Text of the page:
Skip to main content

Uber appears to be interest-targeting Facebook ads to people who like the ACLU

Uber appears to be interest-targeting Facebook ads to people who like the ACLU


Trying to get back in your good graces

Share this story

Photo by Amelia Holowaty Krales/The Verge

It looks like Uber is trying to get back into the good graces of what it sees as a very specific demographic — people who like the American Civil Liberties Union on Facebook.

Uber CEO Travis Kalanick published an internal memo about President Trump’s executive orders barring refugees, immigrants, and even legal US residents from seven Muslim-majority countries on the company’s website Saturday morning. That memo has also been published to Facebook, and Uber appears to have used Facebook’s interest-targeting tool to serve it with a preference for users who have expressed an interest in the ACLU.

Eric Beard, a Portland resident, told The Verge in an email that he is in his late twenties and has followed the ACLU Facebook page since 2011. He noted that he doesn’t “like” Uber or Travis Kalanick on Facebook, but that he is “interested in technology and how the sharing economy is reshaping our work force.”

The memo has also been promoted extensively on Twitter, with dozens of users calling Uber out for trying to weasel their way back into protesters’ hearts. However, interest-targeting parameters are not publicly visible on Twitter, so The Verge cannot determine how the ad is being served. A spokesperson for Uber was reached for comment but had not responded by time of publish.

To understand the irony of Uber gunning specifically for the hearts of ACLU supporters, you have to familiarize yourself with the timeline of a weird duel between the ride-sharing company and Lyft, its main competitor. Amidst this weekend’s massive airport protests against the Trump administration’s Muslim travel and immigration bans, the two were caught in a strange fight for public approval. It started when the New York City Taxi Workers Alliance announced on Friday that it would make no pick-ups at JFK airport for one hour in protest of Trump’s executive orders, citing solidarity with the affected.

Uber drivers continued making normal pick-ups during that hour and Uber announced half an hour later that surge pricing had been turned off at JFK. That tweet sparked accusations across Twitter of strike-breaking, undermining the collective action of workers, and endorsing what has been widely criticized as an immoral and stupid series of executive orders. That prompted the hashtag #DeleteUber to trend all weekend, alongside further commentary about Kalanick joining President Trump’s economic advisory team. Thousands of tweets and dozens of posts from celebrities encouraged people to delete the app and install Lyft instead, in what looks like a huge marketing windfall for Uber’s main competitor. Latching onto the swinging pendulum, Lyft then donated $1 million to the ACLU.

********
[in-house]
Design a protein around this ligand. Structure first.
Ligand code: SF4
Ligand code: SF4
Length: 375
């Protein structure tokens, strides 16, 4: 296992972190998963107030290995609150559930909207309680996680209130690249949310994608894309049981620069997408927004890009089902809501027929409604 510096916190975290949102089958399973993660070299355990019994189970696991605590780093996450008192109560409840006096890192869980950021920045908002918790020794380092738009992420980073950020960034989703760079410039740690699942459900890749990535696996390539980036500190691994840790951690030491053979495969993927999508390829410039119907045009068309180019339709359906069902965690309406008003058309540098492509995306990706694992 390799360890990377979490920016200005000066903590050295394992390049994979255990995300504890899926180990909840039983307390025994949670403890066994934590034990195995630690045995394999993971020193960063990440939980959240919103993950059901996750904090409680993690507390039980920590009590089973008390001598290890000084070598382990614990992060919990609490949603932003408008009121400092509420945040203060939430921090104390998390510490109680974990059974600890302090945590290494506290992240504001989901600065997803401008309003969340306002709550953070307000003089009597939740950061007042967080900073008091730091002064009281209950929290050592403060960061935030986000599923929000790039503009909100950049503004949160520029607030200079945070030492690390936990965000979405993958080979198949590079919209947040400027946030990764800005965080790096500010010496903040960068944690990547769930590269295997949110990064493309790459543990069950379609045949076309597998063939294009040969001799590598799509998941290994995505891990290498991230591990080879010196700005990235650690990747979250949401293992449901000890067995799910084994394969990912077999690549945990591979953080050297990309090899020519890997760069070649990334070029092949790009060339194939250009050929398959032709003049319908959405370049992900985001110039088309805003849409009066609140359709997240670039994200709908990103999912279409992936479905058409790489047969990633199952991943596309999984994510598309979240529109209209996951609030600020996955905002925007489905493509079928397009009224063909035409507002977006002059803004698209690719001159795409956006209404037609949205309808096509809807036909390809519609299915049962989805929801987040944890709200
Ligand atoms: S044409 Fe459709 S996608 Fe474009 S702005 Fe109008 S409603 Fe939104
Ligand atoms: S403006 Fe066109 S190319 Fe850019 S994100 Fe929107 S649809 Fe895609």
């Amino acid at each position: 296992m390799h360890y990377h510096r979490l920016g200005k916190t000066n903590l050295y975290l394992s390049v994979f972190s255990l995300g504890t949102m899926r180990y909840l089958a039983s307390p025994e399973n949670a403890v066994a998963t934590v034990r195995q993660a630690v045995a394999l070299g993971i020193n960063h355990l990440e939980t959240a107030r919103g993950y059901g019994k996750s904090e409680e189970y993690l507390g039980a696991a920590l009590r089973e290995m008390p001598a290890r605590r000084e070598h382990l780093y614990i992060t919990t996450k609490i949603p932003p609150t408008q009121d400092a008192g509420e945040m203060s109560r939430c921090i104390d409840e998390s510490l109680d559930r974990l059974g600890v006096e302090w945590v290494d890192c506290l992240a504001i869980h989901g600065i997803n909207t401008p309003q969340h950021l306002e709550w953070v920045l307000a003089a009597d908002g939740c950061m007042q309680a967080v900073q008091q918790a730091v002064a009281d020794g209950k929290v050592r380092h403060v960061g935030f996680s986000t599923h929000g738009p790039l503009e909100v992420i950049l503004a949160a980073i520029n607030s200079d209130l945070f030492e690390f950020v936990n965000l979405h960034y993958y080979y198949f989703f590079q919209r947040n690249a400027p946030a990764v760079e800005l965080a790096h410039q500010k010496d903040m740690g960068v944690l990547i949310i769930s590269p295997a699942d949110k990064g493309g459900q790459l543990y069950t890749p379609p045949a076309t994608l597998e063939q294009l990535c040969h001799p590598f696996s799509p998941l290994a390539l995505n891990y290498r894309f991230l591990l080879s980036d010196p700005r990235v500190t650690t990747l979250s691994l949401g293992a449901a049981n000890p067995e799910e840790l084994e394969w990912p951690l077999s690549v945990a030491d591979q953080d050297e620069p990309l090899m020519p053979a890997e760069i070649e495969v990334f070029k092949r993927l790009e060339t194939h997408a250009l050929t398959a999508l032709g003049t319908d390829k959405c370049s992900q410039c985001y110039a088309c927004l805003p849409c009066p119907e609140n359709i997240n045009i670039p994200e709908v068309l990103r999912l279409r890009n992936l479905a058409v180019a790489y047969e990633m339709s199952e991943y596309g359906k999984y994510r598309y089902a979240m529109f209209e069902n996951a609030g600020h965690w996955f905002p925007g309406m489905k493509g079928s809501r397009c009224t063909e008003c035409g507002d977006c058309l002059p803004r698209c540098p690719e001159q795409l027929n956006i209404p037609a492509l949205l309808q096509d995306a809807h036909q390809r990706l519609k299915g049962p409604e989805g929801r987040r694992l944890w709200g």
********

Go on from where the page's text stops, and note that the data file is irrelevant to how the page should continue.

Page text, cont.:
In one sense, it’s a little silly to think that deleting your Uber account right now is a principled stand in defense of workers — the taxi alliance’s boycott was an hour-long expression of solidarity, not a strike. And JFK fares are some of the most lucrative in New York, a big sacrifice for drivers who are already being lied to by their employers about whether or not they’ll take home a living wage. But in another sense #DeleteUber could be seen as the final straw for people who were already knowingly ignoring a lot of the company’s abuses: Uber has been roundly criticized and oft-sued for fraudulent claims about how much its drivers can reasonably earn; it’s constantly fighting for the right not to classify drivers as employees (because that means providing benefits and protections); and its vision of a future where public transportation is not a worthwhile investment at any level of government should be chilling to anyone without a six-figure salary. Those are just the worst among other ethically dubious practices.

It’s also a little silly to see Lyft’s donation as a big-hearted act of charity. It’s not a surprising move at all from a PR standpoint, and though the $1 million will do just as much good as anyone else’s million, it’s barely a drop in the well of Lyft’s capital reserves.

So it is, further, not surprising to see Uber using Lyft’s own tactic to try to claw back some ground. After Kalanick announced that Uber would put together a $3 million fund to assist drivers affected by the bans, he also condemned the president’s actions in strong terms. Targeting the ads to people who like the ACLU on Facebook would be a logical way to get these words in front of the eyes of the people who are most annoyed with the company. It’s also incredibly ill-considered given Facebook’s transparency about interest-targeting. Targeting the ads by city would probably have been nearly as effective without being anywhere close to as embarrassing.

Oh well! I guess now is not really the time to worry about which ride-sharing app is beloved by the people.